1) you are talking to yourself whilst spamming screen shots taken by yourself, and for yourself to look at ???.
that's not me "moving the goalposts" - that is called "egomania".

You complained about rotors with flight speeds <50 m/s. I provided proof of flight speeds over 3x what you said. Then you essentially complained that they were fuel cell powered... that's moving the goal posts, since your initial complain had nothing to do with the source of the electric power.

Screenshots provide evidence to refute your claims, and instead of disputing the point, you make ad hominem arguments.

Quote

2) you are obtaining a speed of 160m/s... *baring in mind jetplanes can go over 1000m/s; (see thread title / page 1 in thread (i.e. "try reading";) 160m/s is completely not *"effective"

Jetplanes don't work on Eve or Duna. So then, particularly for Eve, compare the rotor propelled craft with the other type of way of moving long ranges across the surface: rover wheels. Rotor powered craft are much faster, and can traverse stretches of water (a big advantage on Eve). They also allow you to explore *under water* on Eve. At the moment there is nothing to see there, but that is easily modded, and with a minute or two in notepad, there can be scannable features under the oceans of Eve that you would need rotors to get to (I think the omission of any underwater surface features for BG was a mistake).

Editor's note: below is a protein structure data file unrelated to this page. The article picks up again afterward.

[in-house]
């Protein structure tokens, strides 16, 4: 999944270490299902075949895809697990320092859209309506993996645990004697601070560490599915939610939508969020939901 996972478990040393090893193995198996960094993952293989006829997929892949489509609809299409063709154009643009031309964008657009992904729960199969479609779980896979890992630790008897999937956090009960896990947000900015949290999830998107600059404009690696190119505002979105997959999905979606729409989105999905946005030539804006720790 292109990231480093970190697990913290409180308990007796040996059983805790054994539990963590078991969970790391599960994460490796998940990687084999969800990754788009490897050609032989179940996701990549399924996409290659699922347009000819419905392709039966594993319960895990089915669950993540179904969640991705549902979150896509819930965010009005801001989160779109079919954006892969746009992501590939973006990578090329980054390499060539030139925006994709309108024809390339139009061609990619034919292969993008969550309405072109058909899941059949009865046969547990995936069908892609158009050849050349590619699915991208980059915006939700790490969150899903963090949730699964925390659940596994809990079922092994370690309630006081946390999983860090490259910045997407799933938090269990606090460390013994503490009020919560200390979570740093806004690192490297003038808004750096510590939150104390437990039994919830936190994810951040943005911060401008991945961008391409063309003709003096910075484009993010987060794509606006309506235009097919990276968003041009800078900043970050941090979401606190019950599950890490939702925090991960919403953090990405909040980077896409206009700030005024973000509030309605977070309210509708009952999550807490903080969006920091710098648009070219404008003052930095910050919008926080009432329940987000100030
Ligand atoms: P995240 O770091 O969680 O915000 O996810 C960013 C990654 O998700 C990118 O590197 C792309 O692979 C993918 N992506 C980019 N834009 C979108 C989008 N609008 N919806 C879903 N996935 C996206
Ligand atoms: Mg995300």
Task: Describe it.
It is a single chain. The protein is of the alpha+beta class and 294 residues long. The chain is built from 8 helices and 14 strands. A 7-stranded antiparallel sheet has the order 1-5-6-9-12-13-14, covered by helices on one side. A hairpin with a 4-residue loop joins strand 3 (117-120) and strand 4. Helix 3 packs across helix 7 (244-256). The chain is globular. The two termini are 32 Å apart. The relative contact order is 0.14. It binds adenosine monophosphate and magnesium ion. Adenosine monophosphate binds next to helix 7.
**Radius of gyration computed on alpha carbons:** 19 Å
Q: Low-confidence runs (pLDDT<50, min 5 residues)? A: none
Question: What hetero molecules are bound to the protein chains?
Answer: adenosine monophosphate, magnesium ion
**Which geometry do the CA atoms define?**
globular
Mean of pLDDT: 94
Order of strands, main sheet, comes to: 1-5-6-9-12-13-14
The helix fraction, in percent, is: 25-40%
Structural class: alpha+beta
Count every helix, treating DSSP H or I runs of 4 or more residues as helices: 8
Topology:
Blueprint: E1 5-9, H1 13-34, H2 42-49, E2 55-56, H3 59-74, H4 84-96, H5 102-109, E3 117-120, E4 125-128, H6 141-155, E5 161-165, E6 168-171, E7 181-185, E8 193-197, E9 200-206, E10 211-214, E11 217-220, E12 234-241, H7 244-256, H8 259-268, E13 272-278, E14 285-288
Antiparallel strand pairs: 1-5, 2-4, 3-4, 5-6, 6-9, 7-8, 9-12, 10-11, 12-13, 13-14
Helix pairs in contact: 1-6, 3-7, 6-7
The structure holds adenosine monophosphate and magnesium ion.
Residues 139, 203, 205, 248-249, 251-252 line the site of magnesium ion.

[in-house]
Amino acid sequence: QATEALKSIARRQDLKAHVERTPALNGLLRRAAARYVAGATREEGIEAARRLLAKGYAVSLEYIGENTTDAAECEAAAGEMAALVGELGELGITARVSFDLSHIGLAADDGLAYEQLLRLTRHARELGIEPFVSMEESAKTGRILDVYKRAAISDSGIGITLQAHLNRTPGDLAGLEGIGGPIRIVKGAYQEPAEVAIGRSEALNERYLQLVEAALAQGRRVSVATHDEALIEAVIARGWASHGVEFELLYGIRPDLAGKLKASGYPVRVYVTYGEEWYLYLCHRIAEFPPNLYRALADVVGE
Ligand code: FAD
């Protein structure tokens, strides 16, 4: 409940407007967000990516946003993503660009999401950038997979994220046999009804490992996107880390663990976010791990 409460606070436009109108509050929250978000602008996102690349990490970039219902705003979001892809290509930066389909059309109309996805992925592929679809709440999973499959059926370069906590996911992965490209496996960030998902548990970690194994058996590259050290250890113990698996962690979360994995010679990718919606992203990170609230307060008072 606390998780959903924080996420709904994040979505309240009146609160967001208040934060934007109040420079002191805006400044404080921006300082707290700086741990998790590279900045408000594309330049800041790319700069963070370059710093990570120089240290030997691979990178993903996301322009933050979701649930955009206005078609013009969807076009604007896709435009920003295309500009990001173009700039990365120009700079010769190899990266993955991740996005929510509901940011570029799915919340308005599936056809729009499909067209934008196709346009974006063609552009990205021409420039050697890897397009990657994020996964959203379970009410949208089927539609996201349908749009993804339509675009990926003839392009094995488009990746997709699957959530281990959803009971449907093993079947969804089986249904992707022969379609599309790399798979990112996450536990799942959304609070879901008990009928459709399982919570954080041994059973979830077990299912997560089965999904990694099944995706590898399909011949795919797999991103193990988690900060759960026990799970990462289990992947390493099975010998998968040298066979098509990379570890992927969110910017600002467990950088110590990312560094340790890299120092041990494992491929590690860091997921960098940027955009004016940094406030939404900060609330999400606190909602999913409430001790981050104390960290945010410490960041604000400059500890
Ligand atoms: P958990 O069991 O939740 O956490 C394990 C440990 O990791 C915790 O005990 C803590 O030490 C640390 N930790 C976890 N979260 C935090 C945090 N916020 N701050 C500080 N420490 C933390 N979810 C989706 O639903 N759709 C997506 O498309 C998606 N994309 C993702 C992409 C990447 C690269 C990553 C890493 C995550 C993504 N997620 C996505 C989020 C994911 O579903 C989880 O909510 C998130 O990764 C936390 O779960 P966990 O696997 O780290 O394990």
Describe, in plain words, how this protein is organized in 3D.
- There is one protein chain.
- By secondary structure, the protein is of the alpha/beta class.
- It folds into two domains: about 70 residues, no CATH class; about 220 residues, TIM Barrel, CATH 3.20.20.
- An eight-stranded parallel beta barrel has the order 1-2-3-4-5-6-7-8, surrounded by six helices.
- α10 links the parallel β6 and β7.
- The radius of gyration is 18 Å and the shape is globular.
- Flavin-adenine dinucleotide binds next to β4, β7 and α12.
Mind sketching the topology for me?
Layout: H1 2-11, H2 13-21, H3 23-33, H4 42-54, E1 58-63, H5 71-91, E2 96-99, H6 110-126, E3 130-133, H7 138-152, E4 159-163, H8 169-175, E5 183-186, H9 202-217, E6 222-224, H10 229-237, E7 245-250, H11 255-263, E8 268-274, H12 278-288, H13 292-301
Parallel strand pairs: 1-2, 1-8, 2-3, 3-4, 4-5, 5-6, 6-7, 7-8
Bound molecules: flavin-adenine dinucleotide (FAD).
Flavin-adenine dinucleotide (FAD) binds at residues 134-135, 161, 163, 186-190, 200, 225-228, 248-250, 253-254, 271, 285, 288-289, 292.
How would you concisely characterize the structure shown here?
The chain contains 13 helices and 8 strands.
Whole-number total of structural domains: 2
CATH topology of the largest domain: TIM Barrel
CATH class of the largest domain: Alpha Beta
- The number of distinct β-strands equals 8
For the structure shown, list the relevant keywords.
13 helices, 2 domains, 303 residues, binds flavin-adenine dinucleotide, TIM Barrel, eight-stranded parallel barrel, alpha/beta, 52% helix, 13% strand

I've also seen rotors used for light eve ascent vehicles that launch from eve sea level.

Also keep in mind that I was making something that was #1) VTOL and #2) carried a heavy payload. If all it needs to do is carry a kerbal and some science instruments, I can make something much faster, that gets well over 200 m/s.

Here's a link to one (not mine) that is #1) electric, and #2) does over 290 m/s

 

Doing something similar on Eve or Duna would be great for traversing biomes and collecting science. Duna is smaller and thinner air, so you can cross it faster, whereas Eve is just plain harder to move around, but the benefit of rotors vs rockets is greater there. You can land your rocket at high elevation, and use a rotor craft to visit multiple biomes, and return to the rocket for ascent. Preferably traversing long distances at higher altitude where the air is thinner (higher speeds + less atmosphere reducing solar panel output)

 

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10 minutes ago, KerikBalm said:

Duna is smaller and thinner air, so you can cross it faster, whereas Eve is just plain harder to move around, but the benefit of rotors vs rockets is greater there.

Sorry, but in this regard Eve is much easier than Duna: in Eve's thick atmosphere the propellers have good "bite" and generate a lot of thrust, also the stall speed is really low making landings easy. On Duna I struggle to generate decent amounts of thrust with propellers, and the stall speed is so high that nearly all my attempts to land an aircraft have resulted in crashes. O.K. you don't break speed records on Eve, but I don't recall if I was much faster on Duna.
In short: flying a solar-powered propeller plane on Eve is fun! On Duna not so.

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Well, I find they work well at least in the lowlands of Duna. You just need more wing and prop area. I tried to make a decent lifting tiltrotor on Duna, and I really had to spam large helo blades... however, a VTOL tilt rotor doesn't have the stall speed issues. Solar power isn't that hard, because power required is related to force required, and the forces are quite low on Duna due to the low gravity. Eve is closer to the sun, but has more gravity and atmospheric attenuation.